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Old 05-11-2008, 19:59   #31
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Found a little more info on another site. It sound like it might work. It's fairly cheap so worth a try.

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As the a/c compressor starts it draws a lot of extra current. You might try adding a Supco SPP6 superboost. This is a relay and start capacitor, this allows the compressor to start using much less power. Connecting the superboost is an easy two wire connection to the compressors run capacitor. Any air conditioning supply house or HVAC service department should have these in stock.
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Old 06-11-2008, 03:38   #32
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“Hard Start Kits” typically consist of capacitor, in conjunction with a switching device (typically a relay), wherein the capacitor is introduced across the start windings of a single-phase compressor during the start cycle, then removed once the motor has started.

Unless you understand how they work, I recommend consulting your Air-Conditioner manufacturer for advice in selecting the specific hard start kit recommended for you’re a/C unit.

They are NOT all the same.
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Old 06-11-2008, 08:07   #33
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So is it safe to say that provided you get one that meets the specifications for the power requirements for your A/C unit, it could work?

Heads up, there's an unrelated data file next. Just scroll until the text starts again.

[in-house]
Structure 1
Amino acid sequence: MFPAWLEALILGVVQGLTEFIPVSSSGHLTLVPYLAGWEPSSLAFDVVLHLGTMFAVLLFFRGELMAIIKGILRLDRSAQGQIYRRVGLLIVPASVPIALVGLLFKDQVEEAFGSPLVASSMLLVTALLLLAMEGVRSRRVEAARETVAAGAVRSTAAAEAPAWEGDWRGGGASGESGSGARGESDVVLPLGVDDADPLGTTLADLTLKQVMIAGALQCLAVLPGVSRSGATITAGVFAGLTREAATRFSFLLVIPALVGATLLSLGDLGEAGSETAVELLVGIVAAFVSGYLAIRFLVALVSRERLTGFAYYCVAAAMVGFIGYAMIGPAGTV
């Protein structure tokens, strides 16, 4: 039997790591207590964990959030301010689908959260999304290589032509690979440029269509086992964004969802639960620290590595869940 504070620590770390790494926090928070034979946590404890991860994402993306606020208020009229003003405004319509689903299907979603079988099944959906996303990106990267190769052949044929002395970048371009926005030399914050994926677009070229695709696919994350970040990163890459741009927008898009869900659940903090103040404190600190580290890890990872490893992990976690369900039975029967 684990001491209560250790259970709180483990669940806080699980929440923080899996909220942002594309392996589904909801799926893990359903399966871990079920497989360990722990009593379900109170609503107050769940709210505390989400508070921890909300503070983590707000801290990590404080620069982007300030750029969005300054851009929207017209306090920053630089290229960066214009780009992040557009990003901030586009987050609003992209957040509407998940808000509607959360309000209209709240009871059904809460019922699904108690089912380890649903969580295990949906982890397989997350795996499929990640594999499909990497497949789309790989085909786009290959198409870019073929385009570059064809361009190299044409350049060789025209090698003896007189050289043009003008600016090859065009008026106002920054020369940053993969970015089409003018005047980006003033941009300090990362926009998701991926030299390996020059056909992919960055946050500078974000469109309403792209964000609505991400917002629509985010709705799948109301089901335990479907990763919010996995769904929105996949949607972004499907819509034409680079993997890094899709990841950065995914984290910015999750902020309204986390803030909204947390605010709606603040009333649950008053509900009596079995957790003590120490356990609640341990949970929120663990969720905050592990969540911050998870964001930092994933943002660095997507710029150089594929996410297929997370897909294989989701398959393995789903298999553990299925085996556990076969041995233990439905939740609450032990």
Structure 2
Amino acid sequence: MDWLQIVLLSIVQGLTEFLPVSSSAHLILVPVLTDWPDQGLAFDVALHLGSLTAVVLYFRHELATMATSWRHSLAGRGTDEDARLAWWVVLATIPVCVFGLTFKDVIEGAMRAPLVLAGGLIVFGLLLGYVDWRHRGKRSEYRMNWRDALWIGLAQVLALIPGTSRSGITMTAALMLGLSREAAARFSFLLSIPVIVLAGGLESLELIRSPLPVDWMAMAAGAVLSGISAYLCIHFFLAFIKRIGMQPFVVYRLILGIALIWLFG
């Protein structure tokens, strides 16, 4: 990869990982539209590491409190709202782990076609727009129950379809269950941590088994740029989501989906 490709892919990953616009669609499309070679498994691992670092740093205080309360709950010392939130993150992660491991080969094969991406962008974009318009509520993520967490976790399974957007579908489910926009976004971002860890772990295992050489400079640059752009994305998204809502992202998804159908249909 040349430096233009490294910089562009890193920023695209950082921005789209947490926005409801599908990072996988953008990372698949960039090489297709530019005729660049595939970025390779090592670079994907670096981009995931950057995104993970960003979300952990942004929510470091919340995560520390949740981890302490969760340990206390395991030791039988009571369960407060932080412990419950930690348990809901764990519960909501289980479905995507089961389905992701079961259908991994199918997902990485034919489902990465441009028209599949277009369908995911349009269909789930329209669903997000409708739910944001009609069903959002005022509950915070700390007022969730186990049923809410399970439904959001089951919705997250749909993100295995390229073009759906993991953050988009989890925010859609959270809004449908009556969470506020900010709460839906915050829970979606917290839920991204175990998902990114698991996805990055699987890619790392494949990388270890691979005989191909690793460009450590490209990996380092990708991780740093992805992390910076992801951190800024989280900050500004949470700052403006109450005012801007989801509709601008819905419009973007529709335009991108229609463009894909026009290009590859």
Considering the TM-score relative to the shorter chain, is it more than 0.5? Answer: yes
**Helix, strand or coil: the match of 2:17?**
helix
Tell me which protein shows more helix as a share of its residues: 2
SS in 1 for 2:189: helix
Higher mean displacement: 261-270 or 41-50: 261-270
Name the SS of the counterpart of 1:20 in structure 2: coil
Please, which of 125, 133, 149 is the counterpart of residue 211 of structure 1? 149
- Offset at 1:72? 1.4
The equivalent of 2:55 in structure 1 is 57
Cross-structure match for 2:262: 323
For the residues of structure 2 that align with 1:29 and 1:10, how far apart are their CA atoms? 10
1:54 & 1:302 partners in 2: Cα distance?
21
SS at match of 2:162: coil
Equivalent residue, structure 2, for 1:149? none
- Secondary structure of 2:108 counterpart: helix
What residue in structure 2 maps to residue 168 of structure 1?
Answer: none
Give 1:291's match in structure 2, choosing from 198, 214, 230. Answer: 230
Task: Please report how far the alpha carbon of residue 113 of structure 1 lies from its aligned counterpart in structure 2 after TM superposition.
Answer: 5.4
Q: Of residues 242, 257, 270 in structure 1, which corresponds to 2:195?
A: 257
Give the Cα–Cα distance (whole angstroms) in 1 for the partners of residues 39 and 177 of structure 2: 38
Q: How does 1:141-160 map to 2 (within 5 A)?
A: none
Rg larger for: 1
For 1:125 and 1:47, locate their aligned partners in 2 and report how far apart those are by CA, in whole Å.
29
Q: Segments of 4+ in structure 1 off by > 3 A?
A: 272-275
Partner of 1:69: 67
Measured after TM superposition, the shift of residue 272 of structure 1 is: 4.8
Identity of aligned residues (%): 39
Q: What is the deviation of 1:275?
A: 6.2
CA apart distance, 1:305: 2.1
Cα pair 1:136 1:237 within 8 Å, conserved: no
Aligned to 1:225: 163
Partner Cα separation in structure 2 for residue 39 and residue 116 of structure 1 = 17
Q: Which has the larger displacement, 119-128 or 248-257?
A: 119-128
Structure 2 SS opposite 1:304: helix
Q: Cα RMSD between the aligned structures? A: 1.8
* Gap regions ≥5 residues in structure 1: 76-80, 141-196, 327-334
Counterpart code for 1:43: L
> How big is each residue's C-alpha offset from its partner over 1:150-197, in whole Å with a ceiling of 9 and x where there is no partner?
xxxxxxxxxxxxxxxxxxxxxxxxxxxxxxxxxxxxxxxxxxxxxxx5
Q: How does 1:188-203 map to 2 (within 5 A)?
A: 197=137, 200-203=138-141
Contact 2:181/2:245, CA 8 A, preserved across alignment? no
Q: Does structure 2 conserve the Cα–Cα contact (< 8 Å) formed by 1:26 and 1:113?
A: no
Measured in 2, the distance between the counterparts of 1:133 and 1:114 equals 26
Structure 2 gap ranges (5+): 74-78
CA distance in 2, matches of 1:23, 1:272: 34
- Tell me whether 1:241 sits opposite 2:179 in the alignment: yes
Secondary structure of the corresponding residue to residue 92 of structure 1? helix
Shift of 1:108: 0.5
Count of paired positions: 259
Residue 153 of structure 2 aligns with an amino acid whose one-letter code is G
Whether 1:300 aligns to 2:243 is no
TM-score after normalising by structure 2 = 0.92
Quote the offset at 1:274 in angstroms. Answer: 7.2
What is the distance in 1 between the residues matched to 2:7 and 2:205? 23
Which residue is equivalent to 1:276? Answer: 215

The models that I was looking at online had a relay as you mentioned and required no user input once installed. Again as you said, there are a few models out there and you must get the right one.

If the start current of the A/C compressor is the only thing holding back the Honda 2000, then maybe this is the solution.

I hope this works, I'm going to look into it more for next summer
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Old 06-11-2008, 08:35   #34
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Yes - Hard Start Kits can work very well.
There's several differing types of relays (POTENTIAL, thermal, timing ...); and they're not all equal.
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Old 06-11-2008, 14:12   #35
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The April/ay article of Professional Boatbuilder has an extensive article by Calder on synchronizing inverters:
Professional BoatBuilder - April/May 2008
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